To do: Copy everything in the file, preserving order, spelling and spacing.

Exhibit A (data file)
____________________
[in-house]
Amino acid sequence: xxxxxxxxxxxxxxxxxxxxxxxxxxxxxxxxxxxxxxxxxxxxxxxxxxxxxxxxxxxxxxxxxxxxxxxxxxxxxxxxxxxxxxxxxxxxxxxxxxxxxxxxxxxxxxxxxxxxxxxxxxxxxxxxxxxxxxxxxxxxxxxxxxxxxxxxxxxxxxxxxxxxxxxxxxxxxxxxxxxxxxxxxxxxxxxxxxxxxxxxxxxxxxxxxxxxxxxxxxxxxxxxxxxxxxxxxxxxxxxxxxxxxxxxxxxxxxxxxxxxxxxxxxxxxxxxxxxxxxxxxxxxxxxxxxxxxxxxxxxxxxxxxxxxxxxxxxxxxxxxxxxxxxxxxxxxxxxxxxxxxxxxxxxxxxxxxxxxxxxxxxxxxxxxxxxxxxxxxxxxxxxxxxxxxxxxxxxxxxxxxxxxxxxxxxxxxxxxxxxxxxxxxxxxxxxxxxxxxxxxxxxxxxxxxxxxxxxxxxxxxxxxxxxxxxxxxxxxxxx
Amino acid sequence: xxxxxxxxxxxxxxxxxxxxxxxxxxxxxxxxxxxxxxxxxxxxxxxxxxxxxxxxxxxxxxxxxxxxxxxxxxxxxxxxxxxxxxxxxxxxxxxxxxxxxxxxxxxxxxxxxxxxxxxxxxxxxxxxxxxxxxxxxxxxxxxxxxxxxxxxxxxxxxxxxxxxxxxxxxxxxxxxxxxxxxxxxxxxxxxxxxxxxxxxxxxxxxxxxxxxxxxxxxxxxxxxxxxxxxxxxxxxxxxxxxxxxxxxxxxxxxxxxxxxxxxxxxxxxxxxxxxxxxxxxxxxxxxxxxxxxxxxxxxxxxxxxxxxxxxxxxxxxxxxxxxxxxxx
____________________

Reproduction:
[in-house]
Amino acid sequence: xxxxxxxxxxxxxxxxxxxxxxxxxxxxxxxxxxxxxxxxxxxxxxxxxxxxxxxxxxxxxxxxxxxxxxxxxxxxxxxxxxxxxxxxxxxxxxxxxxxxxxxxxxxxxxxxxxxxxxxxxxxxxxxxxxxxxxxxxxxxxxxxxxxxxxxxxxxxxxxxxxxxxxxxxxxxxxxxxxxxxxxxxxxxxxxxxxxxxxxxxxxxxxxxxxxxxxxxxxxxxxxxxxxxxxxxxxxxxxxxxxxxxxxxxxxxxxxxxxxxxxxxxxxxxxxxxxxxxxxxxxxxxxxxxxxxxxxxxxxxxxxxxxxxxxxxxxxxxxxxxxxxxxxxxxxxxxxxxxxxxxxxxxxxxxxxxxxxxxxxxxxxxxxxxxxxxxxxxxxxxxxxxxxxxxxxxxxxxxxxxxxxxxxxxxxxxxxxxxxxxxxxxxxxxxxxxxxxxxxxxxxxxxxxxxxxxxxxxxxxxxxxxxxxxxxxxxxxxxx
Amino acid sequence: xxxxxxxxxxxxxxxxxxxxxxxxxxxxxxxxxxxxxxxxxxxxxxxxxxxxxxxxxxxxxxxxxxxxxxxxxxxxxxxxxxxxxxxxxxxxxxxxxxxxxxxxxxxxxxxxxxxxxxxxxxxxxxxxxxxxxxxxxxxxxxxxxxxxxxxxxxxxxxxxxxxxxxxxxxxxxxxxxxxxxxxxxxxxxxxxxxxxxxxxxxxxxxxxxxxxxxxxxxxxxxxxxxxxxxxxxxxxxxxxxxxxxxxxxxxxxxxxxxxxxxxxxxxxxxxxxxxxxxxxxxxxxxxxxxxxxxxxxxxxxxxxxxxxxxxxxxxxxxxxxxxxxxxx